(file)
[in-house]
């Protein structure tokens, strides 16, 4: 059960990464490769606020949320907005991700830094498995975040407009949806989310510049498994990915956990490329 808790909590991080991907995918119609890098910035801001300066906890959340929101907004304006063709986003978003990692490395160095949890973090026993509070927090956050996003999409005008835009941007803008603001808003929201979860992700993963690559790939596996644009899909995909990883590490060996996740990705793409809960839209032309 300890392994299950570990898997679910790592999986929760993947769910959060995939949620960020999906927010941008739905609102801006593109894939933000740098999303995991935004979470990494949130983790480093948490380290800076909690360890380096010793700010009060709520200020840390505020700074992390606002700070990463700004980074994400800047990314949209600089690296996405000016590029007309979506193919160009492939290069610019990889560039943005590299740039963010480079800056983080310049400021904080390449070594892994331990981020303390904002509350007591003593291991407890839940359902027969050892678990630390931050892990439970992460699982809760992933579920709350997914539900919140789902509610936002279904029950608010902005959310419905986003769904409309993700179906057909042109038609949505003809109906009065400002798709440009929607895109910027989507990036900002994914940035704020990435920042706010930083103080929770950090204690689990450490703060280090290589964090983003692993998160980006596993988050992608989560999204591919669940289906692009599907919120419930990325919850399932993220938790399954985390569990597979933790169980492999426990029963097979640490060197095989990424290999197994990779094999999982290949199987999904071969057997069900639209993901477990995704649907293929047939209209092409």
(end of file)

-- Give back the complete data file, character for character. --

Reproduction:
[in-house]
């Protein structure tokens, strides 16, 4: 059960990464490769606020949320907005991700830094498995975040407009949806989310510049498994990915956990490329 808790909590991080991907995918119609890098910035801001300066906890959340929101907004304006063709986003978003990692490395160095949890973090026993509070927090956050996003999409005008835009941007803008603001808003929201979860992700993963690559790939596996644009899909995909990883590490060996996740990705793409809960839209032309 300890392994299950570990898997679910790592999986929760993947769910959060995939949620960020999906927010941008739905609102801006593109894939933000740098999303995991935004979470990494949130983790480093948490380290800076909690360890380096010793700010009060709520200020840390505020700074992390606002700070990463700004980074994400800047990314949209600089690296996405000016590029007309979506193919160009492939290069610019990889560039943005590299740039963010480079800056983080310049400021904080390449070594892994331990981020303390904002509350007591003593291991407890839940359902027969050892678990630390931050892990439970992460699982809760992933579920709350997914539900919140789902509610936002279904029950608010902005959310419905986003769904409309993700179906057909042109038609949505003809109906009065400002798709440009929607895109910027989507990036900002994914940035704020990435920042706010930083103080929770950090204690689990450490703060280090290589964090983003692993998160980006596993988050992608989560999204591919669940289906692009599907919120419930990325919850399932993220938790399954985390569990597979933790169980492999426990029963097979640490060197095989990424290999197994990779094999999982290949199987999904071969057997069900639209993901477990995704649907293929047939209209092409």